convert an RCA jack to copper wire

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Old 04-15-09, 08:41 AM
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convert an RCA jack to copper wire

I need to come out of my satellite receiver with an RCA audio jack and connect it to a wall fitting that accepts copper wire. I have an RCA red, white yellow cable that I don't need. Can I just cut one end off this cable and not use the yellow wire? Does the RCA jack use any shielding wire that is in the cable? Is there as better alternative? I have plenty of speaker wire. Can I purchase some type of adapter to connect the speaker wire to the RCA female fitting on the back of the satellite?
 
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Old 04-15-09, 12:05 PM
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Each of the three colors carries a signal down the center pin and the outer shell is attached to the shielding on each end. One color carries video while the other two carry right and left channel audio. Speaker wire would work, but poorly, for the audio channels but would be really bad for trying to carry video.

Check out a RF modulator which would then send both audio and video down line on RG 59 coax.

Being frugal is not the way to go for this project.
 
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Old 04-15-09, 01:18 PM
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Thanks for your comments. I am trying to send the left and right audio signals down cat5 cable that has already been run through the walls into the lower level of the house. I am not using the video at all. This is to distribute the music channels off the satellite to my central music system. The cat5 cable terminates in a wall jack that is the kind where you loosen a red or black nut (one for left and one for the right audio signal) and insert copper wire through a hole and then tighten the nut back down. The problem I have is finding a way to use RCA jacks on one end of a cable to fit into the satellite receiver and just copper wire on the other end to fit the wall jacks. If I cut off the RCA male fittings from one end of a standard three wire RCA male to male cable, do I just use the center wire in the wall jack? Do I need to use the shielding copper in any way if I cut off the ends?
 
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Old 04-15-09, 02:17 PM
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You normally need two wires for each speaker channel, although sometimes the shield is common to both chanels. This means that using Cat. 5 cable you would need to use two of the four pairs, one pair for each speaker channel. This would require four of the binding posts you have described, a black and red for one channel and a black and red for the other channel. You would connect the center of the coaxial cable to one color and the shield to the other color binding post for each channel.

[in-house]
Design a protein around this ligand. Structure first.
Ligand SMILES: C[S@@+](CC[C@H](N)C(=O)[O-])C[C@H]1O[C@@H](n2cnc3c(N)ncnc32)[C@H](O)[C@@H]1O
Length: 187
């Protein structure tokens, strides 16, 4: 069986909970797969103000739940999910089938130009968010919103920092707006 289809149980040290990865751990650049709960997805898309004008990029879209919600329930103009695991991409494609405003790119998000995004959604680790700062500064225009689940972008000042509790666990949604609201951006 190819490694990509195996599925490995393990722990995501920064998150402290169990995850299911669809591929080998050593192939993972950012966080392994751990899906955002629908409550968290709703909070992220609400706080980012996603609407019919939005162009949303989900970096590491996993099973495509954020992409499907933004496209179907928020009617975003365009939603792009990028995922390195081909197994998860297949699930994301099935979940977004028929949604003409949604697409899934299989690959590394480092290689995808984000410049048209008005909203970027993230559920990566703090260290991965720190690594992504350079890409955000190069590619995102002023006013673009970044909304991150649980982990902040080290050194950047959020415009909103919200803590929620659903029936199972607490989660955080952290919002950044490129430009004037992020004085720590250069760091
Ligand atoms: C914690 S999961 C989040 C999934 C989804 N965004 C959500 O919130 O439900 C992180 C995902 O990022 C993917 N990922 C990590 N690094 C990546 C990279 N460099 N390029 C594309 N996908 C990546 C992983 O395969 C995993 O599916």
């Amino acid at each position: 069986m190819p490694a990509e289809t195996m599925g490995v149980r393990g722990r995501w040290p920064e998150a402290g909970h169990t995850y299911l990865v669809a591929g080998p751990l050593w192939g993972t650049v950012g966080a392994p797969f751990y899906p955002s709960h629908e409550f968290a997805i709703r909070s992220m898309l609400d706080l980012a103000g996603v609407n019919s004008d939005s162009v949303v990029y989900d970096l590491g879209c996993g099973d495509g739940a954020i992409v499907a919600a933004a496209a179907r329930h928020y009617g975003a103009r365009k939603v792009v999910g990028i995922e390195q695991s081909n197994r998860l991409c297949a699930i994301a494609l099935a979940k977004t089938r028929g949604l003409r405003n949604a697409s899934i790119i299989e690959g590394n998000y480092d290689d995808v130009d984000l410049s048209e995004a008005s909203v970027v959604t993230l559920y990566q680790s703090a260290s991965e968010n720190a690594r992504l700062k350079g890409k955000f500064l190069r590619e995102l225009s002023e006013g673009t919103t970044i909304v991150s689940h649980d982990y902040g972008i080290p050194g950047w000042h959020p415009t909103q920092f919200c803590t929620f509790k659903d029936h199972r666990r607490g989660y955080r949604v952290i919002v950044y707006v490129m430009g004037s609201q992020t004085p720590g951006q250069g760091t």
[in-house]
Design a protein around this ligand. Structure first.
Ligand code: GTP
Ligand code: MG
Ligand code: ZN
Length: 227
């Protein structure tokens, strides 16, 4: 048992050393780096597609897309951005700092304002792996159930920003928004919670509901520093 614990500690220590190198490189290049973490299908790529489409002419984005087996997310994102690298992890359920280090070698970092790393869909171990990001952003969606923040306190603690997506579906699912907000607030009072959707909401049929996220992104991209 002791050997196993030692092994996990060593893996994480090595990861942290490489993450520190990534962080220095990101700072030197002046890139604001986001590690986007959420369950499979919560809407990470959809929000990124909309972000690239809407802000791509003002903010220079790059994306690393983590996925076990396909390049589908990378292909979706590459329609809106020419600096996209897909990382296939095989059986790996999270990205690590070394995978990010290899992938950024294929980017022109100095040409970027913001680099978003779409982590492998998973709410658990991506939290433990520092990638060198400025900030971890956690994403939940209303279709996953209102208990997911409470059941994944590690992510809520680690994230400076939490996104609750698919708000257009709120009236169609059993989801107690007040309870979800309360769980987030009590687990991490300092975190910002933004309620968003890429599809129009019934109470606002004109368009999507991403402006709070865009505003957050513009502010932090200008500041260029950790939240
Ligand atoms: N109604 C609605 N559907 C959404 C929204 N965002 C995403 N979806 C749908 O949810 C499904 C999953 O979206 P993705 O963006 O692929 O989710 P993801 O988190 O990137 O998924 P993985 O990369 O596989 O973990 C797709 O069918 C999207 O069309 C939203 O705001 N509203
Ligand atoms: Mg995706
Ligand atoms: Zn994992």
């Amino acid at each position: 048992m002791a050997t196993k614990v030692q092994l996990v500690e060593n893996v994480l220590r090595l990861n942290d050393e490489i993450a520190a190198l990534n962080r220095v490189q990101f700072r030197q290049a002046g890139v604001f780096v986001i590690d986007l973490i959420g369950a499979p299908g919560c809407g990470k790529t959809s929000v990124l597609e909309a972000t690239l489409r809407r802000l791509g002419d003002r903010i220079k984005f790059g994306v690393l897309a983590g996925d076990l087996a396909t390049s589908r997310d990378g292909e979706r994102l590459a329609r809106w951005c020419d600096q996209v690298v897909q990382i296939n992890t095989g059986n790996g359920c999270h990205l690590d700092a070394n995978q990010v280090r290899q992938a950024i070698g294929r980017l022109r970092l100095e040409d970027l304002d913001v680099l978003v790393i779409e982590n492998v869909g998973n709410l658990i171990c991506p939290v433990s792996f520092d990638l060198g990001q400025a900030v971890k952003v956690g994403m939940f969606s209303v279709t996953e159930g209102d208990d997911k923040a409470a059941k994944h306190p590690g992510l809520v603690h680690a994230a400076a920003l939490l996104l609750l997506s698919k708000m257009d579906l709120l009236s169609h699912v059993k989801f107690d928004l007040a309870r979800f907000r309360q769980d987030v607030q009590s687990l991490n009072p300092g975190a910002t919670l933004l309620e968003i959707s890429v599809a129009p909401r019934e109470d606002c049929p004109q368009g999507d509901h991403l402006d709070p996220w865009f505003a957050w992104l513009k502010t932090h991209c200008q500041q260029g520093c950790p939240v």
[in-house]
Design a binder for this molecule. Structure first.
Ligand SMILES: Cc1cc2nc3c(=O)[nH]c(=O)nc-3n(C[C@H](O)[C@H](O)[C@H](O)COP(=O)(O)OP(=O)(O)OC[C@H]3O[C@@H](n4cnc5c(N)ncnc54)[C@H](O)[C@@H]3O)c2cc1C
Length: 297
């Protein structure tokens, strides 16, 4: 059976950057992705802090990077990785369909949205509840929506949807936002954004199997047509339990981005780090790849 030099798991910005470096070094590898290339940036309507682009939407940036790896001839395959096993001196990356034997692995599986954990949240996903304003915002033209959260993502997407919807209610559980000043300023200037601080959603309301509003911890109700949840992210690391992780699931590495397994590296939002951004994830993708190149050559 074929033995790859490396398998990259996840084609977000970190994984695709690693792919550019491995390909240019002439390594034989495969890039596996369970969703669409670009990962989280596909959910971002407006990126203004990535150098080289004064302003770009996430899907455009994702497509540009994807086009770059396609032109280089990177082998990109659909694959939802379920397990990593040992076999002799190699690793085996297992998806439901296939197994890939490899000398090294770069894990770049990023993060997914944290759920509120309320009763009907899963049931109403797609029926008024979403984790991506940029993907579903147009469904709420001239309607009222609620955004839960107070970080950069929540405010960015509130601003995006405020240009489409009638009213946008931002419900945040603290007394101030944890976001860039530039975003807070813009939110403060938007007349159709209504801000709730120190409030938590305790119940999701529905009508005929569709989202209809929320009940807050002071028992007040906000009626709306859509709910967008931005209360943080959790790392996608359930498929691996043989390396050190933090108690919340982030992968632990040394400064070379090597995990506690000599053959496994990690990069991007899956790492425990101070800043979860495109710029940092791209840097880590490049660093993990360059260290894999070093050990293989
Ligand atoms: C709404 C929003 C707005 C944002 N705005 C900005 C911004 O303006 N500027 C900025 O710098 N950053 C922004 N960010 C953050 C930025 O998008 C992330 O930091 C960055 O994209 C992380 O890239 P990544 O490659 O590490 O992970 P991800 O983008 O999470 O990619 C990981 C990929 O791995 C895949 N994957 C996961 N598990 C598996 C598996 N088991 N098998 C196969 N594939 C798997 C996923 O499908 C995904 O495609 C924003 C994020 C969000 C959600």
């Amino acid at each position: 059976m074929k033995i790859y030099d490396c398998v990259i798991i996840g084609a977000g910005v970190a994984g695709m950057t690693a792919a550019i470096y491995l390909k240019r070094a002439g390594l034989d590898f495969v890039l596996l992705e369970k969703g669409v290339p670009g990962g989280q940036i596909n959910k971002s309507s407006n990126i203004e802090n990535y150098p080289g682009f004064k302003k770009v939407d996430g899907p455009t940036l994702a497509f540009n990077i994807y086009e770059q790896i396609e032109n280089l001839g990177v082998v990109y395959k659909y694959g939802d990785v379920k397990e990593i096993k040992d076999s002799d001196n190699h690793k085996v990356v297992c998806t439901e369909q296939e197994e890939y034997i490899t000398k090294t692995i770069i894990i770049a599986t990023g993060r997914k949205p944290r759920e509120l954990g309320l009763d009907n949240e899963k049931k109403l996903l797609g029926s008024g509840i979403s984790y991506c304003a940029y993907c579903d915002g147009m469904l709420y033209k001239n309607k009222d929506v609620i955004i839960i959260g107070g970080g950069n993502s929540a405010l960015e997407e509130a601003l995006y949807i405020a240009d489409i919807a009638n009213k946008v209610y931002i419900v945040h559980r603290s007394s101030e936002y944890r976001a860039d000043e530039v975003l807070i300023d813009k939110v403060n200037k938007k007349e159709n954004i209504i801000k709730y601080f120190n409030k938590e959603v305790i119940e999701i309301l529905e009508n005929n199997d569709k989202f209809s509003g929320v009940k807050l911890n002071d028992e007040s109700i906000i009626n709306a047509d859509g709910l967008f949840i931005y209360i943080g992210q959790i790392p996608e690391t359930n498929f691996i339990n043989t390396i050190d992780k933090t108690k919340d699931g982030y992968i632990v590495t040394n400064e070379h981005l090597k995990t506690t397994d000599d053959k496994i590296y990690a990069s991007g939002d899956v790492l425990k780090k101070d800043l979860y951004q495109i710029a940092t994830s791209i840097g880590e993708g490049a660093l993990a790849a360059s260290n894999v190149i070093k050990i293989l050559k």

Yes, you could cut off the end of your two-channel audio and video cable and just use the two audio channels. Understand that Cat. 5 cable is usually 26 gauge and NOT meant for low-level audio transmission. You will likely have poor fidelity on your remote speakers.
 
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Old 04-15-09, 05:18 PM
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I agree with Furd. Using Cat5 cable for speakers is not the smartest thing to do. Why not get the appropriate speaker wire?
 
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Old 04-15-09, 06:55 PM
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I have done the same, and it worked well.

What I did was take an ethernet cable cut it in two and put RCA plugs on the ends. I minded the pairs, and use the white wire in the pair as signal, colored as ground.

You could splice the end of an RCA audio cable to it, but should solder it.
 
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Old 04-16-09, 05:11 AM
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The RCA audio outs from a satellite receiver are not speaker lines -- they are line-level audio signals.

Cat 5 has 4 twisted pairs of wires -- the same configuration that telephone systems use to send line-level audio signals thousands of feet.

However, the RCA outputs are unbalanced, while telephone signals are balanced. Balanced signals over twisted pairs use a method called Common Mode Rejection to reduce noise on the lines. Unbalanced signals cannot do this.

To do this properly you need to convert the unbalanced RCAs to balanced for the Cat5, then do the opposite at the other end. The device is called a balun, and you'll need one for each end. Here's a sample.
 
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